“Obviously we don’t want to produce something that won’t be exploited and we’ll have some other options going forward,” University of Queensland associate professor Paul Griffin told 9News.

“It’s obviously gotten a lot of negative press, even though it’s a vaccine that’s proven to be very effective and very safe.”

Some of that ‘bad press’ came from a very unfortunate source in June, with Queensland health officer Jeannette Young supplementing the misinformation and later being accused of ‘fear-mongering’.

“I don’t want an 18-year-old in Queensland to die of a clotting disease that if they got COVID they probably wouldn’t die,” she said after the prime minister urged younger people to consider taking the AstraZeneca shot.

Obviously, once CSL delivers the rest of their AstraZeneca vaccine order to the federal government, it will no longer be manufactured at their Melbourne hub (pictured, Scott Morrison at the CSL facility)

Obviously, once CSL delivers the rest of their AstraZeneca vaccine order to the federal government, it will no longer be manufactured at their Melbourne hub (pictured, Scott Morrison at the CSL facility)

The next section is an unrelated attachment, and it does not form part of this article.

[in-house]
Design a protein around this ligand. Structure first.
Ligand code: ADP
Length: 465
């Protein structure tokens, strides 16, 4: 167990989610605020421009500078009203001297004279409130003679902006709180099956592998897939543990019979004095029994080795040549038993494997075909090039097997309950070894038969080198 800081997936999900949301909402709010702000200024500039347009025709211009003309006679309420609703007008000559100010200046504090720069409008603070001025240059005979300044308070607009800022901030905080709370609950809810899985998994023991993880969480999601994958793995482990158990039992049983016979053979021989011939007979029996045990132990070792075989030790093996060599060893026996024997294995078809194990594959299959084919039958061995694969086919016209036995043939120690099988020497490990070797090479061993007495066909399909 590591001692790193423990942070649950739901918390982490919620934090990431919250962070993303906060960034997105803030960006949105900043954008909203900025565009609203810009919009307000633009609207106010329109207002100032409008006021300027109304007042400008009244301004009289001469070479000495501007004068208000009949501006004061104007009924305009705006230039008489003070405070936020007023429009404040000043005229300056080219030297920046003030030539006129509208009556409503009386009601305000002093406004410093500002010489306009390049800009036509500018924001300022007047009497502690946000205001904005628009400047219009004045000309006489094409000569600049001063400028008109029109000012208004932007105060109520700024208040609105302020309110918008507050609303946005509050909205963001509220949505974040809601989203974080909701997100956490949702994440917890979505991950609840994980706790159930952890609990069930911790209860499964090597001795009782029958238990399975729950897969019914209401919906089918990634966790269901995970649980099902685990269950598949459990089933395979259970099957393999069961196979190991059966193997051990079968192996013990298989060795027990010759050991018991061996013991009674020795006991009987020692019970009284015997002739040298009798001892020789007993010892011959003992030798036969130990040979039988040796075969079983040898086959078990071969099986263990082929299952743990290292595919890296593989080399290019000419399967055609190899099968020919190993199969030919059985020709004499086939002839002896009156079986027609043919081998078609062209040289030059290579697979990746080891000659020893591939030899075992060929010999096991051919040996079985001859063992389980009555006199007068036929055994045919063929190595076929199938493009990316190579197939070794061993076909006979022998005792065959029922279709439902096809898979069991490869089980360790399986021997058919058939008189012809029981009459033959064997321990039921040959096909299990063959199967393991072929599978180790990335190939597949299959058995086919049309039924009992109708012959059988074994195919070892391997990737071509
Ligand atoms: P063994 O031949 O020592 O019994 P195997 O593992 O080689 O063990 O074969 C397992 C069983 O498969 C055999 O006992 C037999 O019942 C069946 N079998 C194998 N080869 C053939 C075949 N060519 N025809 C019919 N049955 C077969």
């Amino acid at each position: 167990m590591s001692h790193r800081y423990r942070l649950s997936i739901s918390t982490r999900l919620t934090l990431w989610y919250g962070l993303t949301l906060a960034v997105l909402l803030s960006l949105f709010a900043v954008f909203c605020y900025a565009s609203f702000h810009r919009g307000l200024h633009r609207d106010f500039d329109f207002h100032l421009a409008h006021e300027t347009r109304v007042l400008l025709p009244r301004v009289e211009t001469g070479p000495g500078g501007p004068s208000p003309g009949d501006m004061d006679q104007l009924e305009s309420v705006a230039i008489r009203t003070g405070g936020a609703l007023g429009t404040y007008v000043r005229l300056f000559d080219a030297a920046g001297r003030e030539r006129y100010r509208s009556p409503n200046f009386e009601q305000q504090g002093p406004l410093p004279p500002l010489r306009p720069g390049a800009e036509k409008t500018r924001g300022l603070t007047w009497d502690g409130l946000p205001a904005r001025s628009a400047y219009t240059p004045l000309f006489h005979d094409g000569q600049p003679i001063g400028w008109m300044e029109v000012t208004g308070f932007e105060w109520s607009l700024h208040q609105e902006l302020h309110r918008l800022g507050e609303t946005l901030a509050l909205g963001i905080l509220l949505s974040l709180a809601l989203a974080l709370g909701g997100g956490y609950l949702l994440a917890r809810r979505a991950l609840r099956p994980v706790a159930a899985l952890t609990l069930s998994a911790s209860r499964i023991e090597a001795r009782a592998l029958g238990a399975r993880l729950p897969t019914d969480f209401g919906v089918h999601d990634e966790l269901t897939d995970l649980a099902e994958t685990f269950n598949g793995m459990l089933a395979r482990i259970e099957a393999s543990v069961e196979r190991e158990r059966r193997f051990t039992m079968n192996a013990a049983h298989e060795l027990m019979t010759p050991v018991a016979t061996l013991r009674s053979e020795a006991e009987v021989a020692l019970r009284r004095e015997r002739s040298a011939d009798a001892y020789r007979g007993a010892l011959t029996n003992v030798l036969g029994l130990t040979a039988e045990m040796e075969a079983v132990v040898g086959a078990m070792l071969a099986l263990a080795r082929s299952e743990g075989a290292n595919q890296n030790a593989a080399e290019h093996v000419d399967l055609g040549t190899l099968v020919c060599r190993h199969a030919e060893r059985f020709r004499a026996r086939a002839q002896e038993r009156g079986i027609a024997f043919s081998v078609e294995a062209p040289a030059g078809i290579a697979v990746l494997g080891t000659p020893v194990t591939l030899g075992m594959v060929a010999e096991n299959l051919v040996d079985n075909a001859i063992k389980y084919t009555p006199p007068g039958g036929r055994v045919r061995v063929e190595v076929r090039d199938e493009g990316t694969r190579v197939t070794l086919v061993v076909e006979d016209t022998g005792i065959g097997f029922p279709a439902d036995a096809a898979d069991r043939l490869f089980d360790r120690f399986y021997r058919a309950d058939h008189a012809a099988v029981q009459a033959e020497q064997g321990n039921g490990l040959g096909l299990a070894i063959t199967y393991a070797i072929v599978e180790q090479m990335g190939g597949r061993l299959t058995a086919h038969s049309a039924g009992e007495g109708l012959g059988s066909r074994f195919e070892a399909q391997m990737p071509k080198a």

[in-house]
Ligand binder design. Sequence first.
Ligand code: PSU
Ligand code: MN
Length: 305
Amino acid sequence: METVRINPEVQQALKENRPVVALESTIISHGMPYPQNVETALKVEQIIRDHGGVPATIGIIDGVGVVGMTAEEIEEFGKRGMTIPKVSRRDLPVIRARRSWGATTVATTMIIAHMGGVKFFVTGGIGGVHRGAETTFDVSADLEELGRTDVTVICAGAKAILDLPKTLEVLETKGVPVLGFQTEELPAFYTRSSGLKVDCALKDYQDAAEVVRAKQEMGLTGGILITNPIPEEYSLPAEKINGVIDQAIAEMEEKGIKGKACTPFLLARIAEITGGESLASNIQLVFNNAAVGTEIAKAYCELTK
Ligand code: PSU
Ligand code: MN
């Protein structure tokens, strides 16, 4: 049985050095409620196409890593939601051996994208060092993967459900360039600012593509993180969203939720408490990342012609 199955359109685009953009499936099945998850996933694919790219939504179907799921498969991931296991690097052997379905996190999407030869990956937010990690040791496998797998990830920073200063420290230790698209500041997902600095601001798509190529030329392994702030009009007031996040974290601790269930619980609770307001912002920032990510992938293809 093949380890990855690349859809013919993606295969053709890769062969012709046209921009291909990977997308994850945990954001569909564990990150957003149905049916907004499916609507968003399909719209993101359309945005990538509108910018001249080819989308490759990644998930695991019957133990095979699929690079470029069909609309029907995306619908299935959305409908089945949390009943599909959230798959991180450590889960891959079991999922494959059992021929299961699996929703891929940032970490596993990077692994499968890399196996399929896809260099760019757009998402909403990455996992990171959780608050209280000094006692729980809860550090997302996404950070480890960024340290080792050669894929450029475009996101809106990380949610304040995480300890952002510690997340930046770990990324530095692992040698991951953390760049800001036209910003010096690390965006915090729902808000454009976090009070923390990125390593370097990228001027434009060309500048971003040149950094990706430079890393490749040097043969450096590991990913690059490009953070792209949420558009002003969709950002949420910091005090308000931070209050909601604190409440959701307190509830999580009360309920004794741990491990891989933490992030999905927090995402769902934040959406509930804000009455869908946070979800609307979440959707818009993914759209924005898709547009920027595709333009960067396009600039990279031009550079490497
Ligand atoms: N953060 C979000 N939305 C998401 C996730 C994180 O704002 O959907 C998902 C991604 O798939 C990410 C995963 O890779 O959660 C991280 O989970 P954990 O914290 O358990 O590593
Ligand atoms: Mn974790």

“We have had very few deaths from Covid-19 in Australia in people under the age of 50.

“Wouldn’t it be terrible that our first 18-year-old in Queensland to die from this pandemic died from the vaccine?”

Obviously, once CSL delivers the rest of their AstraZeneca vaccine order to the federal government, it will no longer be manufactured at their Melbourne hub.

“Notwithstanding the perhaps disproportionate criticism this vaccine’s reputation has received, we couldn’t be more proud that the AstraZeneca vaccine has protected many millions of Australians,” CSL chairman Brian McNamee told investors in a statement.

WHY VACCINES ARE IMPORTANT

Vaccination is a simple, safe and effective way to protect people from harmful diseases before they come into contact with it.

Vaccination not only protects individuals, but also others in the community by reducing the spread of preventable diseases.

Research and testing are an essential part of developing safe and effective vaccines.

In Australia, vaccines must pass rigorous safety testing before the Therapeutic Goods Administration (TGA) registers them for use. Vaccine approval can take up to 10 years.

Before vaccines become available to the public, large clinical trials test them on thousands of people.

High-quality studies over many years have compared the health of large numbers of vaccinated and unvaccinated children. Medical information from nearly 1.5 million children around the world has confirmed that vaccination does not cause autism.

People first became concerned about autism and immunization after the medical journal The Lancet published an article in 1998. This article claimed that there was a link between the measles vaccine, mumps, rubella (MMR) and autism. Since then, scientists have completely discredited this article. The Lancet withdrew it in 2010 and printed an apology. The British General Medical Council has removed the author from the medical register for misconduct and dishonesty.

Source: Australian Department of Health